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Skyline Champion Corporation's (SKY) CEO Mark Yost on Q4 2022 Results - Earnings Call Transcript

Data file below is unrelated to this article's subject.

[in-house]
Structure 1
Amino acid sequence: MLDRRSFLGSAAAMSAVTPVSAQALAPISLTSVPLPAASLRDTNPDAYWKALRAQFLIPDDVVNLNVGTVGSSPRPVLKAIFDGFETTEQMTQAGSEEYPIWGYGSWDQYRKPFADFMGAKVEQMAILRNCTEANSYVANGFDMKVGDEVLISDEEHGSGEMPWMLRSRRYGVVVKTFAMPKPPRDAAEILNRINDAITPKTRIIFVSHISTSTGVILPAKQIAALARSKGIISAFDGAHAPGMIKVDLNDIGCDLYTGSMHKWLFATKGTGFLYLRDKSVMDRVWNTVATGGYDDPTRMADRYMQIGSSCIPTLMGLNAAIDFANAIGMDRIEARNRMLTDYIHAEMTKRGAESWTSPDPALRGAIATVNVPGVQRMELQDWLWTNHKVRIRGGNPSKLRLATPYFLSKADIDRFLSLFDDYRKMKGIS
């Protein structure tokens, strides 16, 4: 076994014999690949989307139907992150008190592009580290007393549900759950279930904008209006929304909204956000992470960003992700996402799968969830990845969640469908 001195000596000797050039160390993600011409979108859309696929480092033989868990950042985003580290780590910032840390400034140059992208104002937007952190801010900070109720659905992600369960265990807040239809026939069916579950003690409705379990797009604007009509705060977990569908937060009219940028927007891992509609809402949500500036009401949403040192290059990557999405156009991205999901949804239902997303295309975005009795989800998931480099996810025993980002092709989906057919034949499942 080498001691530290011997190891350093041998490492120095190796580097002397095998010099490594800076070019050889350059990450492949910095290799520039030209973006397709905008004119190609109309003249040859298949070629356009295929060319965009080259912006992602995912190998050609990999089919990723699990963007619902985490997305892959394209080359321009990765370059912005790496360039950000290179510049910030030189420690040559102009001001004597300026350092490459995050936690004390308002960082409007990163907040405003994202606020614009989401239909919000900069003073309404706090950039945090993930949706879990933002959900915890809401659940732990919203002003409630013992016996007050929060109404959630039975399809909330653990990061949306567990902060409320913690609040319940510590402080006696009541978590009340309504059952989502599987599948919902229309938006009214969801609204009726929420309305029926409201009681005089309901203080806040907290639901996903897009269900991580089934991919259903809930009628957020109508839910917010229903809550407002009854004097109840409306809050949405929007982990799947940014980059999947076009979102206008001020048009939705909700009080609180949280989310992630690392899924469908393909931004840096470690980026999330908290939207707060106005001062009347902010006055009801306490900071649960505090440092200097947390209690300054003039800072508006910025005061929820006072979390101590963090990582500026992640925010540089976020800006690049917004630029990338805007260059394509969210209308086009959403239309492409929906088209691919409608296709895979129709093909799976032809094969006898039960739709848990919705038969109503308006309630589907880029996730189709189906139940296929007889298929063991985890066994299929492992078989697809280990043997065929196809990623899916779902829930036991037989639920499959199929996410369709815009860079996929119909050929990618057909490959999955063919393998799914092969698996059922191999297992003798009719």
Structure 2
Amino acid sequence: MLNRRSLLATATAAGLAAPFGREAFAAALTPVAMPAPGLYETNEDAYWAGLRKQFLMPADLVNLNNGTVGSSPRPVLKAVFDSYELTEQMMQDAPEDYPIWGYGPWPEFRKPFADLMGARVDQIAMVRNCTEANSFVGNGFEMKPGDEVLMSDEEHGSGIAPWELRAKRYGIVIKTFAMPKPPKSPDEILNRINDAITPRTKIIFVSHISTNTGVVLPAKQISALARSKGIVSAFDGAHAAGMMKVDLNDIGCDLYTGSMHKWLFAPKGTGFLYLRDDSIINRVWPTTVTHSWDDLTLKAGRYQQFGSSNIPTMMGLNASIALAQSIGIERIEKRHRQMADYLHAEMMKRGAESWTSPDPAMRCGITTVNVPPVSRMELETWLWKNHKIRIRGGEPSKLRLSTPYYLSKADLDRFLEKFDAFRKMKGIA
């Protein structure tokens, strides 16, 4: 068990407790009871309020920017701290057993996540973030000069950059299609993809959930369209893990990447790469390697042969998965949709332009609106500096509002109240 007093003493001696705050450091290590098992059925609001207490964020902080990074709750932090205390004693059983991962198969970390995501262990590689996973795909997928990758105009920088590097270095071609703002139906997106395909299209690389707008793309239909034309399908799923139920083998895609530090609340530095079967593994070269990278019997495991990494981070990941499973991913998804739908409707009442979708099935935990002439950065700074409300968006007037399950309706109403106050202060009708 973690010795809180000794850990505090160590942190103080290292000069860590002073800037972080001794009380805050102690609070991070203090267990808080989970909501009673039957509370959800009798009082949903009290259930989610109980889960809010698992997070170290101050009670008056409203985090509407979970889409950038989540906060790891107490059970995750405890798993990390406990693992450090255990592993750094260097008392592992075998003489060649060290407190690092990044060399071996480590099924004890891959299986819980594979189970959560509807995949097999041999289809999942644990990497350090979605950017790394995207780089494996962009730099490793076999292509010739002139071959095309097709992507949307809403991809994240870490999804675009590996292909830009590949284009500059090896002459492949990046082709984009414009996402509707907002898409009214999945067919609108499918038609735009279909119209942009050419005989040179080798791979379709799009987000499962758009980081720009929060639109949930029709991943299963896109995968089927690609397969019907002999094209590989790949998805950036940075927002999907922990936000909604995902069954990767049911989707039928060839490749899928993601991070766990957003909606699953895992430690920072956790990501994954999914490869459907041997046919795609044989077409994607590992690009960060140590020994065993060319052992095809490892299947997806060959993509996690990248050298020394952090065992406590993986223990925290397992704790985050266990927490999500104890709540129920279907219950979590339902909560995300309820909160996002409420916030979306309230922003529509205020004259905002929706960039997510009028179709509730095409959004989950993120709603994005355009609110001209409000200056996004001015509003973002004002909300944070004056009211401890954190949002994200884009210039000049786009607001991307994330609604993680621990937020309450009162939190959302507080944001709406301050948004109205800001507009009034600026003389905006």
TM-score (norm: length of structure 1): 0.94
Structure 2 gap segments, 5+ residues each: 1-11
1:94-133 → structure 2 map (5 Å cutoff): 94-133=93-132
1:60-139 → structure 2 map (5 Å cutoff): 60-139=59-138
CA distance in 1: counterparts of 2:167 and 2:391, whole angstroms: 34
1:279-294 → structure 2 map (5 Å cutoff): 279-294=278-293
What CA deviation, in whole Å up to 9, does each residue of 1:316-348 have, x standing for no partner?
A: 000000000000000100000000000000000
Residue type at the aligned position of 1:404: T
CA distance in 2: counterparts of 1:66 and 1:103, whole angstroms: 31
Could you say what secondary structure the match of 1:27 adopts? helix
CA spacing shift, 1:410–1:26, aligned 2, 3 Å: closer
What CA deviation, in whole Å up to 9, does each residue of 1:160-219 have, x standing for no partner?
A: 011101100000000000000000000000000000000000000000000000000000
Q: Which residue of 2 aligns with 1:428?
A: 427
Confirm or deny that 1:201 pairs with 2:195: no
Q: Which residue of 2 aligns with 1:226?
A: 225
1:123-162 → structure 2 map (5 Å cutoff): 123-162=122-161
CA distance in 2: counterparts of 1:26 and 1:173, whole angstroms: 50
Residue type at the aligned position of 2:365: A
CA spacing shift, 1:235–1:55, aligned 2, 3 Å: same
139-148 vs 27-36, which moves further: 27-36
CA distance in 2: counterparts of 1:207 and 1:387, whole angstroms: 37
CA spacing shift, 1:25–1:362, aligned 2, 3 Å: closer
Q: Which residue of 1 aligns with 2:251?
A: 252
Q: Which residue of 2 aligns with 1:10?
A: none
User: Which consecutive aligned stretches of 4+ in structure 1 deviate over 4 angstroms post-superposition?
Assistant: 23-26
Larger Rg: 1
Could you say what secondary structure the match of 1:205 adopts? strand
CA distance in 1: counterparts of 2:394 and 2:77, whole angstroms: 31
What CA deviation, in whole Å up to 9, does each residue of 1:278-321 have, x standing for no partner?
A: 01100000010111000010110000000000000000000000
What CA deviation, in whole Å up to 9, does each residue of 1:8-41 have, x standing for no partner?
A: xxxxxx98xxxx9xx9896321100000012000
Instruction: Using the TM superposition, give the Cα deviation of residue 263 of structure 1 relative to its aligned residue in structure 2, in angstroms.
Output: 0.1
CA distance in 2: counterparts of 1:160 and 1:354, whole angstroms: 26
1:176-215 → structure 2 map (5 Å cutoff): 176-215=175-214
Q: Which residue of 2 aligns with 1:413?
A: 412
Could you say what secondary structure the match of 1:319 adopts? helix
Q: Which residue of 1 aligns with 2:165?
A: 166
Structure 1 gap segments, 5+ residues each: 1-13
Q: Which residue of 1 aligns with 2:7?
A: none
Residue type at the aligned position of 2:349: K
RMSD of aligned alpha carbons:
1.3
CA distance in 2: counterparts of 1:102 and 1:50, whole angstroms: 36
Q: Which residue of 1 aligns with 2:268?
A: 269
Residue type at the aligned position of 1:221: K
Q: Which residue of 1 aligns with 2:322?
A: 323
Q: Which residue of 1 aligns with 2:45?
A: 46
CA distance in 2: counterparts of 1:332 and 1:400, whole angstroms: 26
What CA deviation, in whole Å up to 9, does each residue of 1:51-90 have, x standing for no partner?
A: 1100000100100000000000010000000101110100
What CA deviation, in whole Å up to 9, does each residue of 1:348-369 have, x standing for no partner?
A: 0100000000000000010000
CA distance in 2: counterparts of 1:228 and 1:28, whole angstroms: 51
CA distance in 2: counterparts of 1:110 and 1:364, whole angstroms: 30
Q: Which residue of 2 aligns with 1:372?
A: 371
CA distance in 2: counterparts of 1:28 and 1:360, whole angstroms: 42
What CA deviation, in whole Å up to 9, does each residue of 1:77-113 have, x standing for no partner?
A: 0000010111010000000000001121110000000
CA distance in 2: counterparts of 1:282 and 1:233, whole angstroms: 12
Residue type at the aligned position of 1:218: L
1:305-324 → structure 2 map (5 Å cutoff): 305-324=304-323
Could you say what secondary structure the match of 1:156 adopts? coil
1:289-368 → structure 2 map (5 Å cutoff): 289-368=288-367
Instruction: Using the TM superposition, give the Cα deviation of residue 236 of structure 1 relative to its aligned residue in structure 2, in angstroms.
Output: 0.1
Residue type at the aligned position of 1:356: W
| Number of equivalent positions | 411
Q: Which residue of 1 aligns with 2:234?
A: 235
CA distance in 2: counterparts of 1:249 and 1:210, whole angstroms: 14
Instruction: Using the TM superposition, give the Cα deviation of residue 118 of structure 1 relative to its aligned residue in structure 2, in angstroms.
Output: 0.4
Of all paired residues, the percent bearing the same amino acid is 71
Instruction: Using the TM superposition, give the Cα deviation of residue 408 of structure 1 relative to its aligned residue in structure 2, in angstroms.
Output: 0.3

Company Participants Mark Yost - President and CEO Laurie Hough - Executive Vice President and CFO Conference Call Participants Greg Palm - Craig-Hallum Capital Group Daniel Moore - CJS Securities Matthew Bouley - Barclays Mike Dahl - RBC Capital Markets Operator Good morning. And welcome to Skyline Champion Corporation’s Fourth Quarter and Full Year Fiscal 2022 Earnings Call. The company issued an earnings press release yesterday after close. I would like to remind everyone that yesterday’s press release and statements made during this call include forward-looking statements within the meaning of the Private Securities Litigation Reform Act of 1995. These statements are subject to risks and uncertainties that could cause actual results to differ materially from the company’s expectations and projections. Such risks and uncertainties include the factors set forth in the earnings release and in the company’s filings with the Securities and Exchange Commission. Additionally, during today’s call, the company will discuss non-GAAP measures, which it believes can be useful in evaluating its performance. A reconciliation of these measures can be found in the earnings release. I would now like to turn the call over to Mark Yost, Skyline Champion’s President and Chief Executive Officer. Please go ahead. Mark Yost Thank you for joining our earnings call, and good morning, everyone. Joining me on the call is Laurie Hough, EVP and CFO. Today, I will briefly talk about our full year and fourth quarter highlights. Then provide an update on activity so far in our first quarter of fiscal 2023 and wrap up with thoughts about the balance of the year. I am pleased with the results Skyline Champion achieved in fiscal 2022, as we continue to make progress delivering topline growth and expanding our profitability, while improving our capacity and capabilities to better serve our customers. For the year, we were able to provide 26,165 customers and families a place to call home, as we grew net sales by 55% and adjusted EBITDA by 163%, expanding margins by 650 basis points. Our results were driven by the rising demand for affordable housing and our ability to increase output at higher profitability levels, despite ongoing supply chain headwinds and inflationary pressures. From an industry standpoint, demand remains strong as supply side housing shortages, a growing base of homebuyers and higher interest rates and inflationary pressures are converging greatly raising the need for affordable housing solutions. The current environment has increased the awareness of our housing solutions and our investments in enhancing the buyer experience has allowed us to convert more traditional site buyers and expand our market share. We ended the year on a strong note with an excellent fourth quarter, results driven by the demand for new housing and our improved operational capabilities. Our affordable price point during these inflationary times continued to generate healthy order demand, with backlogs growing by $127 million during the fourth quarter to reach $1.6 billion. Fortunately, we were able to increase production during the quarter, allowing us to improve our delivery times to our customers to 35 weeks at the end of the quarter, compared to 43 weeks at the end of the third quarter. As a result of the solid production increases, we delivered 6,980 homes, an improvement of 10% from the prior year and up 13% sequentially. We improved our U.S. manufacturing facilities capacity utilization to 72% for the quarter, an increase of 4 percentage points from the third quarter, achieving this production gains despite facing operational challenges caused by supply chain disruptions across our manufacturing operations and the industry. Our improved production efficiencies were helped by the continued progress streamlining our product offerings and allowed us to increase daily production rates. While we were able to add to our workforce, transportation cost availability remains a challenge to output, with truck driver shortages across all regions of the country. Additionally, our Navasota, Texas plant completed its certification process in March and began shipping homes in April. We have built an incredible team that continues to impress by their pace and dedication in ramping up facility. In February, we exhibited one of our Genesis homes at the International Builders Show in Orlando and again at the MHI Congress and Expo in March. This home design helps builders achieve a tremendous value to homebuyers for far less than traditional site built homes, stretching the homebuyer’s dollar in a rising interest rate environment. To that end, we recently signed a multiyear agreement with a top 100 builder to provide our Genesis Homes for their development. So that they are able to profitably hit an affordable price point. During the quarter, we also entered into a Delivery Disaster Relief Order for the production and delivery of FEMA units. The order totals approximately $200 million and will be produced in the first quarter and second quarter of fiscal 2023. FEMA units generally have more specifications than are typical homes and therefore drive a higher average selling price. We will be producing these units in batches at several of our factories across the U.S., which will help with production efficiencies, as well as minimize the impact to our long-term primary customers. We are also excited to announce that on May 16th we closed on the asset purchase of maintenance custom homebuilders. With the addition of the 250,000 square foot campus in Laurinburg, North Carolina, and its retail location in Eastern North Carolina, along with our existing North Carolina campuses, we are now better able to serve customers throughout the region with cost effective, streamlined product offerings that are greatly needed in this current economic environment. We anticipate continuing to build out the approximate $15 million of existing backlog as we upgrade and retool portions of the plant. As we look forward, market conditions remain healthy with historically low availability of affordable housing supply, favorable demographics and also migratory factors. With rising interest rates and inflation, we are seeing traditional site built homebuyers moving into a more value oriented factory built home solutions. Additionally, we see demand from communities and build-for-rent increasing as retail traffic tempers. Our orders in April and so far in May have kept pace with our increased production levels and cancellations due to rising interest rates or price increases have been minimal in most regions and slightly elevated in a few regions. With the addition of our Navasota, Texas plant, our richest -- recent acquisition of Manis Homes and our continued efforts to streamline production at our existing facilities and FEMA production, we expect revenue to increase sequentially by mid-single digits in the first quarter of fiscal 2023. Despite our efforts of our team and our supply chain partners, we do expect availability of some raw material to become more scarce in the mid to late summertime period. We are planning for this and will continue to manage through these challenges, but it may impact our production during fiscal 2023. These along with the availability of drivers to transport our homes are some of the challenges we will face when increasing production. We are excited once again to be promoting factory built affordable housing solutions during the innovative housing showcase in Washington, DC in early June. This event is hosted by the U.S. Department of Housing and Urban Development and will showcase the value of factory built homes to policymakers, the media and homebuyers. Focusing on the longer term, it’s becoming more evident every day that the antiquated system of traditional homebuilding is not sufficient to meet the needs of customers. Due to the early successes we have seen both in manufacturing, technology and digital offerings. We will be ramping up our investments in these areas to make homes more affordable and attainable for our customers. I will now turn the call over to Laurie to discuss our quarterly financials in more detail. Laurie Hough Thanks, Mark, and good morning, everyone. I will begin by reviewing our financial results for the fourth quarter, followed by a discussion of our balance sheet and cash flows. I will also briefly discuss our near-term expectation. During the fourth quarter, net sales increased by 43% to $638 million compared to the same quarter last year. We saw revenue growth of $180 million in the U.S. factory built housing segment during the quarter, despite the prior year quarter having an extra fiscal week, which accounted for approximately $31 million of sales. The increase in U.S. factory built revenue was driven by an increase in the number of homes sold and an increase in average selling price. The increase, the number of homes sold was 11% or 657 units for a total of 6,580 homes compared to the same quarter last year. The average selling price per U.S. home sold increased by 31% to $87,800, due to price increases to offset inflation brought on by rising material, labor and transportation costs. On a sequential basis, revenue in the U.S. factory built segment increased 19% in the fourth quarter compared to the third quarter of fiscal 2022. This increase was driven by a 13% increase in homes sold and a 6% increase in the average selling price per home. Canadian revenue increased 30% to $46 million compared to the fourth quarter of last year, driven primarily by a 36% increase in the average home selling price, partially offset by a 5% decline in the number of homes sold. The higher average home selling price in Canada of $114,700 was driven by price increases enacted in response to inflationary pressures. The decline in the number of homes sold during the quarter was a result of the prior year quarter having an extra fiscal week of production. Consolidated gross profit increased to $191 million in the fourth quarter, up 93% versus the prior year quarter due to higher volumes, pricing and improved operations. Our U.S. housing segment gross margins were 29.6% of segment net sales up more than 700 basis points from the fourth quarter last year. In addition to strong demand and pricing, continued product standardization and material rationalization helped to increase production, enabling us to leverage fixed costs. SG&A in the fourth quarter increase to $75 million from $52 million in the same period last year, primarily due to higher variable compensation driven by the increase in sales volume and profitability. The increase in SG&A also reflects our investments in additional capacity and initiatives focused on enhancing the customer buying experience. The online customer buying experience remains a key initiative and we expect incremental investments to continue through fiscal 2023. Net income for the fourth quarter was $87 million or a $0.51 per diluted share, compared to net income of $35 million or earnings of $0.59 per diluted share during the same period last year. The increase in EPS was driven by higher sales and improved operating efficiencies, resulting in improved profitability. The company’s effective tax rate for the quarter was 24.8% versus an effective tax rate of 24.5% for the year ago quarter. Adjusted EBITDA for the quarter was $121 million, an increase of 137% over the same period a year ago. The adjusted EBITDA margin expanded by 760 basis points to 19% due to higher sales gross margin improvement and leverage of fixed costs. Looking forward, we expect inflation on building products, labor and transportation costs to remain persistent through the first half of fiscal 2023. We utilize several levers in response to increasing costs, including price adjustments, product standardization, raw material substitutions and further operational improvements. Despite our efforts to continue to pass on inflation and make operational improvements, our production may be impacted by the availability and timeliness of raw materials, as well as possible shifts in product mix caused by economic pressures, driving homebuyers to smaller less optioned homes, which will soften margins. While we remain confident in our ability to execute in the current environment, the impact of an elongated inflationary environment does create a natural headwind on our margin progression. As of April 2, 2022, we have $435 million of cash and cash equivalents and long-term borrowings of $12 million with no maturities until 2029. We generated $224 million of operating cash flows for the year, an increase of $71 million year-over-year. The increase in operating cash flows is primarily due to the increase in net income and customer deposits, which were partially offset by an increase in inventory balances, accounts receivable and capitalized cloud computing costs. We remain focused on executing on our operational initiatives and given our favorable liquidity position, plan to utilize our cash to reinvest in the business and to support strategic long-term growth. I will now turn the call back to Mark for some closing remarks. Mark Yost Thanks, Laurie. The solid momentum we continue to see in our business is being driven by our focus on the customer and ability to execute, which has strengthened our position to satisfy the demand for affordable homes. Before we open up the lines for Q&A, I want to take a moment and thank the entire Skyline Champion team as our consistently strong performance is a result of our focus, hard work and ability to increase output for our customers in this very challenging environment. And with that, Operator, you may now open the line for Q&A. Question-and-Answer Session Operator Thank you. [Operator Instructions] Our first question is from Greg Palm with Craig-Hallum Capital Group. Please proceed. Greg Palm Thanks for taking the questions. Good morning and congrats on the good execution in the quarter. Mark Yost Good morning, Greg. Thank you. Greg Palm I wanted to first dig into the demand environment a bit more, given everyone is worried about the consumer these days. So it sounds like demand still remains fairly strong even quarter-to-date. So curious what you attribute that to, maybe just talk about the profile of some of the newer buyers that you are seeing compared to maybe a few years ago? Mark Yost Yeah. Thanks, Greg. Demand does remain strong. Our new orders -- incoming orders are matching production right now in April and May. So they are actually higher than they were in the third quarter. So demand remains good overall. Really it’s -- we are seeing a few things in the buyer demographic. One, generally a better quality buyer with higher down payments. We are also seeing traditional homebuyers who can’t afford a traditional site built home or existing home move into a better value proposition in buying our homes, a larger amount of cash buyers as well coming into the market. So I think we are definitely seeing a shift of what I call -- what I would consider first time homebuyers and better quality buyers come to the market for us. Greg Palm Makes sense. And in terms of the opportunity within builder developer, I know there’s several ongoing projects out there, I think maybe some of them have been completed already. But can you just talk about, how those are going, what the feedback is, and then in terms of that win that you disclose with a top 100 builder, can you give us some sense on potential volumes there, are they shifting some of their production to offsite, are they using you as an additional supplier, what’s really going on behind the scenes? Mark Yost Yeah. Greg, I am very excited about Genesis in that segment of the market and part of the reason we diversified into that segment a little more is, we have seen success with our Genesis subdivisions. Just recently there’s a subdivision, the first MH Advantage subdivision in the State of Texas that we completed. That subdivision is for a small localized builder. But what I think is really important is that builder is selling comparable homes to some of the biggest builders in the country and is selling them for about 20% to 25% less when you take a look at what they are selling on Zillow. So in that comparable, we are able to allow that builder to make a good margin at an affordable price point that’s without having the economies of scale like obviously a large builder would have. So I think that really speaks to the value proposition for the builders. But I think what’s also important there and it goes back to the demand situation is, just recently we have seen that the average mortgage rate for a 30-year mortgage, I think is now $29,000 a year, according to Redfin. And so, if we can save the customer 20% to 25% off of that amount, it equates to roughly $6,000 of savings for that customer, which today with inflation happening, the cost of food, gas, electricity, everything else is costing the average customer about $4,000. So if they can get into our Genesis product and save $6,000, they can offset all their other inflationary costs and put another $2,000 in their pocket, which I think is meaningful for today’s average customer. So we are seeing more interest in that product and this builder developer that we have signed a multiyear agreement with, it’s a meaningful amount of product for us. It will definitely add to our builder developer channel growth in the future. We are not disclosing the amount right now. It’s -- but it’s definitely a good deal and will add a good portion of revenue for the company over the next three years to four years or five years. Greg Palm And I guess just this is a last one is a follow-up to that. Do you guys a sense of… Mark Yost Okay. Greg Palm …whether if backlogs start to come down from current levels, do you get a sense for whether that builder developer opportunity starts to ramp off? I mean, what’s the biggest kind of pushback or constraint you get, because it sounds like at least initially things are going pretty well in that space? Mark Yost Yeah. I think timing of subdivisions and getting builders comfortable with it. I think it’s important in today’s market to be diversified. So, we signed the FEMA contract. That’s the government channel. We are building up the genesis. Our ADU market is building. The community channel is very strong. So I really see a little bit of, I will call it, softness or temporary on the retail channel in the short-term, just with down payments and other things. So it’s -- but we are seeing large increases in demand from the REIT’s significant increases from the REITs, and then, obviously more, both for rent and builder developer interest is out there. Greg Palm Okay. Great. All right. I will hop back in the queue. Thanks and good luck. Mark Yost Operator Our next question is from Daniel Moore with CJS Securities. Please proceed. Daniel Moore Yes. Thank you, Mark and Laurie. Again congrats on really solid numbers. Maybe just FEMA first, first we have heard from them in a while. Sometimes it comes in multiple tranches. Do you -- would you expect additional orders behind this or from what you gather is this likely would satisfy their needs at least in the short-term? Mark Yost We don’t have any indications of future orders, Dan. But I will say, we are heading into what is typically viewed as the hurricane season in the U.S. and I know inventories are low. So there could be some need for future housing, but it -- there’s really no indication of that currently. Daniel Moore Got it. And appreciate the color from a margin perspective. You gave guidance, mid single-digit growth going sequentially on the topline. How should we think about margins vis-à-vis your performance in Q4 over the next, say, quarter or two? And then, looking out mid-term, Laurie, are we in the sort of mid-to-high 20s, is that a more the sort of new normal for the near-term at least. If you can just put any more granularity around some of your commentary there from a gross margin perspective, would be really helpful? Laurie Hough Thank you, Dan. Yeah. I expect gross margins to be relatively flat sequentially in the next couple of quarters and then start to compress somewhat later in the year to the range, as you mentioned, as smaller less optioned homes move through the backlog. Daniel Moore Got it. And then maybe one more and I will pass it on. But Biden -- the adminis -- current administration recently outlined a series of proposals to help close the gap between demand and supply for affordable housing. Are there specific proposals in there be it Freddie Mac and chattel loans or others that you think could move the needle a little bit more than maybe some of the duty to serve or some of the other proposals have in years past? Thanks. Mark Yost Yeah. I mean, there’s definitely some good long-term traction in what they have proposed. I don’t think it will impact anything in the very near-term. Some of the bond cap limits are 50% hurdle rates and other things. That could -- if that’s done right, that could between new builds and existing refurbishment of stock could impact -- have a good impact. Chattel, in their proposals on channel, that gained traction, but I think in the interim, it’s really about getting that through Congress, getting things passed and see what they actually take action on. So it’s a little too early in the cycle to rely upon or count. But it’s definitely a great longer term tailwind and I think we are going to see more and more benefits and emphasis on regulatory relief, because of the need for affordable housing. So there’s definitely going to be things like the ADU zoning relief and things like that passed at a more accelerated rate. So there’s definitely longer term opportunity, but it’s not going to impact anything in the very, very near-term. Daniel Moore Makes sense. Appreciate the color. I will follow up with -- circle back if any follow-ups. Thanks. Mark Yost Operator Our next question is from Matthew Bouley with Barclays. Please proceed. Matthew Bouley Good morning, everyone. Thank you for taking the questions and congrats on the results. I have to ask the cancellation question, because you day lighted at the top mark that you said cancellations have become a little elevated in a few regions, although low in most places. Should we take that as a signal that cancellations could actually worsen here, given what’s going on with rates, and if that’s the case, how does that kind of impact you guys from a financial and production efficiency standpoint? Mark Yost Yeah. Thanks, Matt. No. I think cancellations really are driven by rates. Really there’s two things happening both related to rates and cancellations. The first is with our retail inventory, floor plan interest rates are also elevating, not just end consumer rates and so as floor plan interest rates increase, it becomes more costly for our retailers to carry stock units. So we will see some just destocking of the channel to kind of keep their largest expense at bay as interest rates tick up. So you are going to see kind of a -- what I would consider a one-time adjustment in terms of stock at our retail inventory across the country just because interest rates are going up and they are going to hold less, they are going to carry less on their loss as interest rates accelerate. And then the second piece is really about interest rate and inflation stabilization for the retail customer. So I think you are going to see a little bit of increased cancellations really due to the fact that when we change price due to inflation to the end customer, it can open up their loan, which allows kind of for another trigger, which is then the lender can increase the interest rates. So I think we are going to see kind of a batch of cancellation. The magnitude of that is not material, though, in the overall scheme of our backlog. So it’s not a concern. I think it’s just going to be a one-time cleanup as interest rates increase. Like I said, we are very laser focused on new incoming orders because we somewhat expected as interest rates increases happen, the lower end customer would have some cancellations, because they might not qualify with both the inflation interest rate, and two, we expected some destocking to happen just because retailers are not going to want to have the carrying cost. Matthew Bouley Got it. Okay. No. That’s really helpful color there, Mark. Thank you for that. And secondly, I wanted to follow-up on the discussion on the builder developer order because I think in the past few quarters you had spoken to sort of turning away orders and really trying to focus on your long-term customers. But in a market where there could be either retail destocking or just otherwise consumer pressure, is there sort of sufficient demand from that builder developer channel or the build-to-rent and community channel? Just some of those sort of big one-time one-off orders that you had previously been turning away, is there room for some of those customers to now sort of absorb what might be then missing from the rest of the retail channel? Mark Yost Yeah. Definitely. I think we are seeing a much larger interest from the community and the REITs to builder developers. So I think that’s meaningful. It definitely has the potential to more than offset the retail softness. I think geography just to be transparent and honest, geography will play into that a little bit, because some of the builder developer and REIT activity is very geographically focused. So we will have to make sure to adjust production levels in the right regions to accommodate that over time. Matthew Bouley Got you. All right. Well, thank you and good luck, guys. Mark Yost Operator [Operator Instructions] Our next question is from Mike Dahl with RBC Capital Markets. Please proceed. Mike Dahl Good morning. Thanks, Mark and Laurie for taking the questions. I want to follow-up on some of the demand questions. The first one, I was wondering if you could provide orders in terms of units and change year-on-year both in your quarter and the comments you are making for April and May, because just back of the envelope, if I back out the FEMA order, it does seem like orders in dollar terms were down year-on-year, obviously, some tough comps, but down -- units maybe down quite a bit. So I am trying to reconcile that with your comments about orders then matching supply in April and May. So any unit commentary year-on-year would be great? Mark Yost Yeah. Mike, we don’t give the unit comps, but what I would say is that, our order rates quarter-over-quarter increased by or our production and shipment rates increased quarter-over-quarter sequentially by 13%. So part of the backlog delta I think you are seeing is the fact that we were able to very successfully and dramatically increase production quarter-over-quarter. So I think you have to take that into consideration as you are looking at those numbers and I think the point is that the new orders that we are seeing today, new incoming orders are matching our higher elevated production rates that we are at today. So we are kind of running on par with production in orders. Mike Dahl Okay. Right. And the other follow up I had just on the cancellation topic, I think you had characterized it in your opening remarks as it being somewhat regional specific. So what regions are you seeing the most pronounced cancellations in right now? Mark Yost Generally I would say the mid-south region and that’s predominantly, because they generally sell a lower ASP or lower end product. So the interest rates are going to have the most meaningful impact, one, on retailer’s ability to stock those units. In other words, because of their generally lower ASP, lower margin profile stocking more of those is more cost prohibitive as floor plan interest rates go up. And secondly, that customer base, that kind of lower end customer is probably the one that’s feeling the most inflationary pressure as well. So you are going to see higher retail cancellations as interest rates and inflation are passed on to that customer, you will see probably a lower ability to qualify. So mid-south generally were lower end sales value. Mike Dahl Okay. That makes sense. Mark Yost Okay. Mike Dahl Got it. Okay. One last question, just the comments around mix, Laurie or Mark, I wasn’t sure if we should take those comments on mix of kind of the lower endless optioned models as being indicative of you are already seeing that in the incoming order rates and it just takes a while to flow through a backlog or that that’s just your expectation for how things will progress just given what’s happening with prices and rates. So are you already seeing that or that’s just kind of hedging a bit on future expectations? Laurie Hough Mike mix is a bit geographic as well kind of to Mark’s point earlier, but we are starting to see that in order. So that’s a timing issue coming through backlog. Mike Dahl Okay. Appreciate it. Thank you. Mark Yost Operator Our next question is from Daniel Moore with CJS Securities. Please proceed. Daniel Moore Thank you again. Maybe just one more modeling on SG&A, just how do we -- should we think about that growth, I guess, sequentially, and obviously, you have been investing aggressively in technology customer facing platforms. Can you give us a sense of that, the incremental spend in dollar terms that we saw in Q4 and whether that level of spend is likely to continue to grow. Any commentary there would be really helpful. Laurie Hough Yeah. Dan, I don’t remember specifically what the number was in Q4. I think it’s in a few million dollar range historically over the last few quarters running through operating expense. We do expect that to increase incrementally in fiscal 2023. Daniel Moore Got it. And then one of the real quick, we spoke to a number of dealers recently that kind of struck our ears, so that they expected too, many were looking at adding additional locations given the strength in demand. That obviously sounds a little bit counter to some of the pressures that you described here. Is that something that you are seeing as well or are you seeing more sort of pulling back on inventory versus expansion? Thanks. Mark Yost Yeah. No. I think it’s more geographic in that sense. So I think dealers are looking to expand their location, really to be closer to the customer. I think, as we mentioned, trucking is becoming slightly an issue. Transportation costs are elevated because of gas prices. So I think, what I would expect is, there’s a handful of dealers who are looking at, what can we do to open up more locations, but have maybe a more curated set of inventory on those locations. So that one the transportation of the customer coming to visit, because more and more of their lead generation is coming online. So they might have customers who are 500 miles away, because that’s where the lead generation online is coming from. So the more distribution points some of the retailers can have, I think, the closer to the customer they can be making it more convenient. So there’s kind of both things happening at the same time. They might have a sales center with 10 units on it. They might bring that down by a few units, but then open up another sales center and build inventory. But that will take time. So there’s going to be kind of a short-term, long-term impact. Daniel Moore Makes sense. Appreciate the color again. Mark Yost Operator We have reached the end of our question-and-answer session. I would like to turn the conference back over to management for closing comments. Mark Yost Thank you for participating in today’s call. We appreciate the time and your continued interest. We look forward to updating you on our progress on our next call. Take care and be safe. Operator Thank you. This does conclude today’s conference. You may disconnect your lines at this time and thank you for your participation. Comment